diagnosed with lupus, winning a car and knowing little about launching a line aren’t the typical catalysts to starting
a beauty business. But for Kiley Russell, the founder of Chicago-based Big Girl
Cosmetics, a makeup and skin care brand for women of color, these events shaped
the rest of her life. Today, her brand is sold in several Macy’s doors and is
currently expanding into Bon-Ton. And, most importantly, Kiley is health is doing just fine.

Big Girl Cosmetics:
“We are a multi-ethnic cosmetics and skin
care brand. We cater to African-Americans, Latinas, Middle Eastern women and
Asians – the most underserved populations at the cosmetic counter. It’s
unfortunate. These women feel a sense of rejection – that they are not the perfect shade. Women
tend to hide behind neutrals and taupe and don’t find the colors to complement
their skin tone. We tell women not to be
afraid of color. We describe ourselves as a cross between MAC and Bare

We Began:
“I started making body butters in the
kitchen with my grandmother and over time it turned into a part-time weekend
business. Meanwhile, I was an assistant
principal in a middle school when I was diagnosed with lupus. The stress level
working in education was pretty intense and my doctor said I needed to make a
career change.”

Epiphany in Chicago:
“My mother and I were in the
audience of The Oprah Winfrey Show the day of Oprah’s car giveaway. I remember
Oprah saying, We are improving the way people are living their lives. That just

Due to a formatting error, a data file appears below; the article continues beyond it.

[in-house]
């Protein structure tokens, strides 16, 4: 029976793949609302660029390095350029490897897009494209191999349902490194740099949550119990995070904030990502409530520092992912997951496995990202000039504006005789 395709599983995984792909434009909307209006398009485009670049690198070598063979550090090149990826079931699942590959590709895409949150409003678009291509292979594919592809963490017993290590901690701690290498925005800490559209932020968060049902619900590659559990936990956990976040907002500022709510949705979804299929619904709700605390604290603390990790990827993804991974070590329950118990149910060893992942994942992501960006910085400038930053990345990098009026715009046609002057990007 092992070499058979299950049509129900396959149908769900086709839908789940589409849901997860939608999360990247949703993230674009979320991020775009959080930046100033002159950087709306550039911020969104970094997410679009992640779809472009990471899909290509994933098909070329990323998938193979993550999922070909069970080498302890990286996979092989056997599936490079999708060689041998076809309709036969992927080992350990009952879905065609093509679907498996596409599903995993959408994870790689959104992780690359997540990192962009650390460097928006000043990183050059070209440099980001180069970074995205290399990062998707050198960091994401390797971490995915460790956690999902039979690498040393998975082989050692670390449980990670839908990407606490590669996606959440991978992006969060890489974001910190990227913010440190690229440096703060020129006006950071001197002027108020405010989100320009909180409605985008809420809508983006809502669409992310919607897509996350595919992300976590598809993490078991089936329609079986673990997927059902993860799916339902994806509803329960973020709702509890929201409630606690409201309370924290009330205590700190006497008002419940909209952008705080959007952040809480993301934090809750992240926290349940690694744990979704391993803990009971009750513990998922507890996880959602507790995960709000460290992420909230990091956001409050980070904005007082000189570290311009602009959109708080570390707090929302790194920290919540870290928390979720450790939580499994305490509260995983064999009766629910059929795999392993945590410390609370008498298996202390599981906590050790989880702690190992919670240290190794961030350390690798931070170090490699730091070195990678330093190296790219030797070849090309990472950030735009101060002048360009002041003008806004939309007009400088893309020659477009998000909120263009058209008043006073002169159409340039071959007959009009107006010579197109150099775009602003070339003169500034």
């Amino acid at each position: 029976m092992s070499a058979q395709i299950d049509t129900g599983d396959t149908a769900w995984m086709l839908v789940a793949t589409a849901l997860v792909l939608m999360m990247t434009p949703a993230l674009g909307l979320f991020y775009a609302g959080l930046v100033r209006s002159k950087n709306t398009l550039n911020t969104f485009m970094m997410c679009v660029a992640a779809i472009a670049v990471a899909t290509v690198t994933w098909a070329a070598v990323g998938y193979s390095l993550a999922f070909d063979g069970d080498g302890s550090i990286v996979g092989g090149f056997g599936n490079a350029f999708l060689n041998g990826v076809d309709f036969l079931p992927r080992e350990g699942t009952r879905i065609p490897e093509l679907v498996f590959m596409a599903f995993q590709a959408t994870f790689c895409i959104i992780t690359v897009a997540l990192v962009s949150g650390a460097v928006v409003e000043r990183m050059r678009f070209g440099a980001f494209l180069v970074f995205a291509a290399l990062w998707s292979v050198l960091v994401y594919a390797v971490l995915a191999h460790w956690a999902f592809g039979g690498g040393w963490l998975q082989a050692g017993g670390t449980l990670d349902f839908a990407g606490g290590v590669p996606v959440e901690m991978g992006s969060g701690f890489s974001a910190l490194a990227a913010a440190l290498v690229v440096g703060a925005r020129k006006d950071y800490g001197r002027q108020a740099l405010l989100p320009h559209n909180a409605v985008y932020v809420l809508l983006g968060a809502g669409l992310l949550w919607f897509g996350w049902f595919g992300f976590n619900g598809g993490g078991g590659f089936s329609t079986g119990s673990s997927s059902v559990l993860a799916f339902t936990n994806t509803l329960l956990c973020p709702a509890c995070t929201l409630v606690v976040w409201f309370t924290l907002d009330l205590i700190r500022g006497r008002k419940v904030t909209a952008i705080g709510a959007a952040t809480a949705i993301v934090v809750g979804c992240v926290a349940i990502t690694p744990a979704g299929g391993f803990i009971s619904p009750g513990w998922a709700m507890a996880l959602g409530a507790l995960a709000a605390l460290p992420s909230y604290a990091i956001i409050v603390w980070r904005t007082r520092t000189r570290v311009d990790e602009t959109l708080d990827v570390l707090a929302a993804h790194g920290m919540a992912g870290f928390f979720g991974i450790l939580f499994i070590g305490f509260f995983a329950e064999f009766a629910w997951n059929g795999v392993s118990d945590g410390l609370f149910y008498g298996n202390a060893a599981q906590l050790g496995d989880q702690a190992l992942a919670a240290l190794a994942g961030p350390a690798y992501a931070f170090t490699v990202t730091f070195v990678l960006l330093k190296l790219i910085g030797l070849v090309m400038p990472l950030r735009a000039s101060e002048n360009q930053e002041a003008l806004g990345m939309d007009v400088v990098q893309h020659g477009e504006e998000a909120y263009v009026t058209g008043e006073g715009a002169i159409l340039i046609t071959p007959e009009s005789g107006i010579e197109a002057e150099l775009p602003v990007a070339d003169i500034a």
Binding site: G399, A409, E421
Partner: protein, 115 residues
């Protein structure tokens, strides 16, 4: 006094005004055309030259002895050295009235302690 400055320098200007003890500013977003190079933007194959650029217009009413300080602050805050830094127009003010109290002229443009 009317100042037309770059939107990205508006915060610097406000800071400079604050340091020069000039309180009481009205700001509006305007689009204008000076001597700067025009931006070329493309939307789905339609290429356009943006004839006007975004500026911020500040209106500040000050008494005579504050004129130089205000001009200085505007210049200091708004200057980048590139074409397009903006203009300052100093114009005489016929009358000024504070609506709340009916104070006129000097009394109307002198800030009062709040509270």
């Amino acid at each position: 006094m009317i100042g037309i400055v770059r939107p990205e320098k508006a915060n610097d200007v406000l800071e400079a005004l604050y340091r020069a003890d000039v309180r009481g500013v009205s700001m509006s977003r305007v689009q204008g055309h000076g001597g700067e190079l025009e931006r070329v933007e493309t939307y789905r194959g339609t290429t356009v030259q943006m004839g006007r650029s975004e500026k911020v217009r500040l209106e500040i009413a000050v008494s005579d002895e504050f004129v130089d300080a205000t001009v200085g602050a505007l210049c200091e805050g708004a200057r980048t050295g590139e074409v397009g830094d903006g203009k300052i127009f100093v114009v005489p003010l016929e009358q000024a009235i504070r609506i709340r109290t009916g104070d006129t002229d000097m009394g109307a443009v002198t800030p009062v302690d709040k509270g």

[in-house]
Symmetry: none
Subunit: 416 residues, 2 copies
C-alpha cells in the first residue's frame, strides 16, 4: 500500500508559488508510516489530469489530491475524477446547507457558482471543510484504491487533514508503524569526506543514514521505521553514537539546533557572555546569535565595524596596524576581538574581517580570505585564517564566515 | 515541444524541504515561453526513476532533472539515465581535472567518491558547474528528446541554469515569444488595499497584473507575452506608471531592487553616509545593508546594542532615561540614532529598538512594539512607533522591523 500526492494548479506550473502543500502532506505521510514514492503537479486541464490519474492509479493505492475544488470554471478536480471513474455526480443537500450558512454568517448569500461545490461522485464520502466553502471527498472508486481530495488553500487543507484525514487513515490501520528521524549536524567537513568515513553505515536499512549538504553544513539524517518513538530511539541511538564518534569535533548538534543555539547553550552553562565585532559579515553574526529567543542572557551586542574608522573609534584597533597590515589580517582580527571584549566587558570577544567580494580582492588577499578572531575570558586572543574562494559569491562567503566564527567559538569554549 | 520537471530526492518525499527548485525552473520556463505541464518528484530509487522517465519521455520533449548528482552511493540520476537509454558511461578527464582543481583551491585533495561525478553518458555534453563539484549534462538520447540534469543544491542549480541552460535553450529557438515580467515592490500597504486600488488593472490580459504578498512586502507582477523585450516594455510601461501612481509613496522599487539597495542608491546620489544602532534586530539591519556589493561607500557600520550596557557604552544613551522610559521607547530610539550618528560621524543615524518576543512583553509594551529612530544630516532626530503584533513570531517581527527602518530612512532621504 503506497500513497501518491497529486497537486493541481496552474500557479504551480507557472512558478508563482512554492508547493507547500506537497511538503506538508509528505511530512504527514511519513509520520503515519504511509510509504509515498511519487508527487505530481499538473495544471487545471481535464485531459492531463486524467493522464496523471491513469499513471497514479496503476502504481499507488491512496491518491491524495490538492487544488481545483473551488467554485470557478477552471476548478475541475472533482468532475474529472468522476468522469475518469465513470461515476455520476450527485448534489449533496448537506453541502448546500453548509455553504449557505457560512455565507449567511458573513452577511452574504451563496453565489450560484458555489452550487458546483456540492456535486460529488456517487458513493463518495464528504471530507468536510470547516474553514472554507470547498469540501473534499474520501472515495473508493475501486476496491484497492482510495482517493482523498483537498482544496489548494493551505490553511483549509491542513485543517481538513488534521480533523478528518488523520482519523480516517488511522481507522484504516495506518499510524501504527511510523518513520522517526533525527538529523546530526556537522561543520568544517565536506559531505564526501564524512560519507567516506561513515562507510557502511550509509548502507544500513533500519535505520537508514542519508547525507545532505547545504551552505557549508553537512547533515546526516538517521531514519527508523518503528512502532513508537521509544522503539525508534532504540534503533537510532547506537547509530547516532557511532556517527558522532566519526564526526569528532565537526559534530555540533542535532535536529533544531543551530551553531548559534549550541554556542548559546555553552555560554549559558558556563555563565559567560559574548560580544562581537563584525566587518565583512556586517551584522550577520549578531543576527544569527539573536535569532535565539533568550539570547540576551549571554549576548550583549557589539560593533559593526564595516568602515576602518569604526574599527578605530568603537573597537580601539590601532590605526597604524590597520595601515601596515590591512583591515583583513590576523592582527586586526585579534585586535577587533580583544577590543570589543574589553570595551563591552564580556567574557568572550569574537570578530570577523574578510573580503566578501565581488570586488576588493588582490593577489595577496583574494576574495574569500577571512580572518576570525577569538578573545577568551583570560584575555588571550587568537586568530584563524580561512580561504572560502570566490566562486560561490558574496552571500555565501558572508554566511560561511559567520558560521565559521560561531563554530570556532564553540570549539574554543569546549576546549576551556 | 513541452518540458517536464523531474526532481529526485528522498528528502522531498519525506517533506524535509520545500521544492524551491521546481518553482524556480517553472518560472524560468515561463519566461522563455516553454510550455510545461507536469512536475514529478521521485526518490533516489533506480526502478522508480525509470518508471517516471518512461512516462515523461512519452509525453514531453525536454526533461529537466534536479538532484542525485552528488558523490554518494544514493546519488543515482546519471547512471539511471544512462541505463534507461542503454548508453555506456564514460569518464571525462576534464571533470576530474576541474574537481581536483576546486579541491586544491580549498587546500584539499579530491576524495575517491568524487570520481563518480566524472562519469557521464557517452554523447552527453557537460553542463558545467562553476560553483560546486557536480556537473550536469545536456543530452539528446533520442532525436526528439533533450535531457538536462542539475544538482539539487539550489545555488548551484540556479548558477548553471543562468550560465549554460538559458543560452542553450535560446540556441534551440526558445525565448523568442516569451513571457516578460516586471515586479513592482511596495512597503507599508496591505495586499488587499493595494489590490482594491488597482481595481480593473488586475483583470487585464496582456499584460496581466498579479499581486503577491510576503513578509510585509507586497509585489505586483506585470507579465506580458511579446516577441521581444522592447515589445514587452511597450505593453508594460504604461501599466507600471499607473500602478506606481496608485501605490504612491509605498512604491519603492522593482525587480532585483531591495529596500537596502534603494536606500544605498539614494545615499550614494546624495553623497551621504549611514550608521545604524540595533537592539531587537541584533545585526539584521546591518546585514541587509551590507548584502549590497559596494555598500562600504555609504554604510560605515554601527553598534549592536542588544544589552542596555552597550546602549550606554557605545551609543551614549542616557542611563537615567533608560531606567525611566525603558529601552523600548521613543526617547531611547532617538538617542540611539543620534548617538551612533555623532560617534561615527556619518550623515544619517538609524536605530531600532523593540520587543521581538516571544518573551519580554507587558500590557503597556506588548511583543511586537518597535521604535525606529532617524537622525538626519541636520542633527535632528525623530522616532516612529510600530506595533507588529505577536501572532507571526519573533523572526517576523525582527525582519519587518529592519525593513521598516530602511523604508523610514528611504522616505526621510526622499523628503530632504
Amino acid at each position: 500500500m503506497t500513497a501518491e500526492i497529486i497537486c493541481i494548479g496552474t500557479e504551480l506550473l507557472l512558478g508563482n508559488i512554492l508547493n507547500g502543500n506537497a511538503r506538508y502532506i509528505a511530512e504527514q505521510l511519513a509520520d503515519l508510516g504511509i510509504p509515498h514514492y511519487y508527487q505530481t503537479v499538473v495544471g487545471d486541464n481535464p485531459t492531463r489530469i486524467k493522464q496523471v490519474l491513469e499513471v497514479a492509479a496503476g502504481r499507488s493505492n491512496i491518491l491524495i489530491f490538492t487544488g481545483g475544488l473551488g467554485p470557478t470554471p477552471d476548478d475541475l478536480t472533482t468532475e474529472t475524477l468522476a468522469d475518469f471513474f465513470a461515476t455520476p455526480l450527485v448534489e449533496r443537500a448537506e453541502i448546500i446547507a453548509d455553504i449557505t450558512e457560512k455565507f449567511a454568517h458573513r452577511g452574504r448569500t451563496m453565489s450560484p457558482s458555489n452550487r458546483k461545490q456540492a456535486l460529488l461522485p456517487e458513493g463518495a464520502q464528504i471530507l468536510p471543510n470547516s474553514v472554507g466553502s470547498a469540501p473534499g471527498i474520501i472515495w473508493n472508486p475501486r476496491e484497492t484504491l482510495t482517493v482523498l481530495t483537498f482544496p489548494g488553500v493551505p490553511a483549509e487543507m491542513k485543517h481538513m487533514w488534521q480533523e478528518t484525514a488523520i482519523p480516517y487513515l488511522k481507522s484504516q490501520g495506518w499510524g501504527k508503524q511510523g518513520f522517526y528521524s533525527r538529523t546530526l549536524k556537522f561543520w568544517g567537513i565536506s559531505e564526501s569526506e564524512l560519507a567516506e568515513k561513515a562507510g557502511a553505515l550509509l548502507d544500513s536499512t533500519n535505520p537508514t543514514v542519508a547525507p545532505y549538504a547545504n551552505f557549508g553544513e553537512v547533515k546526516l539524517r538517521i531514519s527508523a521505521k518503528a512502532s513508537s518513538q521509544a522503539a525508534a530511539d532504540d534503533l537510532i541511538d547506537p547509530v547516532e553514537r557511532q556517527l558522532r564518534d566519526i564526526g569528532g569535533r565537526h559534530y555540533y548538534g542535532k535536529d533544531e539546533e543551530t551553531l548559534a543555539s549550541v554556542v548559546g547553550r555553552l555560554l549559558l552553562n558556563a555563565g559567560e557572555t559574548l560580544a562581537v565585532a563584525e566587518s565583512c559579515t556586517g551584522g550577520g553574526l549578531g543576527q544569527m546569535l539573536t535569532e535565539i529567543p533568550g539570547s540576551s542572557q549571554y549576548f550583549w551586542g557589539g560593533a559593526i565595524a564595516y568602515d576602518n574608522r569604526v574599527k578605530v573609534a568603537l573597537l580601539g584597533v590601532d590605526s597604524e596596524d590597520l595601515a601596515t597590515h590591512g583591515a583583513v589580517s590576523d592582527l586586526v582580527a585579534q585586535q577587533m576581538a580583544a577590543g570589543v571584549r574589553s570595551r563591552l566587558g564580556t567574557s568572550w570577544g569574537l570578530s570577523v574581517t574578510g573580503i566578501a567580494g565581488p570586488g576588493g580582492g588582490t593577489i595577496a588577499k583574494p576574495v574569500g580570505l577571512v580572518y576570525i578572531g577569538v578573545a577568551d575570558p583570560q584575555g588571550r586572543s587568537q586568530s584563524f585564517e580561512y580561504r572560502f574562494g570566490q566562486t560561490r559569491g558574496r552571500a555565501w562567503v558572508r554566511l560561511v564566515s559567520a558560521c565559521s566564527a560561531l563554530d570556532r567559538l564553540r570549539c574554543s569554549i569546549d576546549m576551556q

really stuck with me. I told my husband I’m going to sell that car and pursue
my cosmetic company full time. With the $20,000 I got for the car and my
personal savings of $60,000, I started a web site and traveled to all kinds of
trade shows. We started with body butters and scrubs and then added cosmetics.

Hearing ‘No’:
Initially I had been making the product
all myself. When I first started talking to manufacturers, I didn’t have the
minimum batch order necessary. A BBQ sauce maker with excess capacity due to
slow business agreed to do small runs of my body butters. It requires the same
equipment. A cousin and a friend who are
both chemists helped me with the contract manufacturing process, too.

from Macy’s:
When I first approached Macy’s, I realized
I wasn’t ready for retail. I had to beef
up my manufacturing and shipping capability and compliance. I applied for their
workshop that helps smaller brands. I spent a week in New York with their
buying team and was taught everything we needed to do to handle the
opportunity. Working with a major retailer is a whole different animal.

the Horizon:
Big Girl Cosmetics is now in five Macy’s
doors in the Chicago area and we are working on entering stores in New York and
New Jersey. And, we expect to go into 30
Bon-Ton doors by next summer.Our goal
is to be in 240 doors in the next two years and grow to 800 doors in five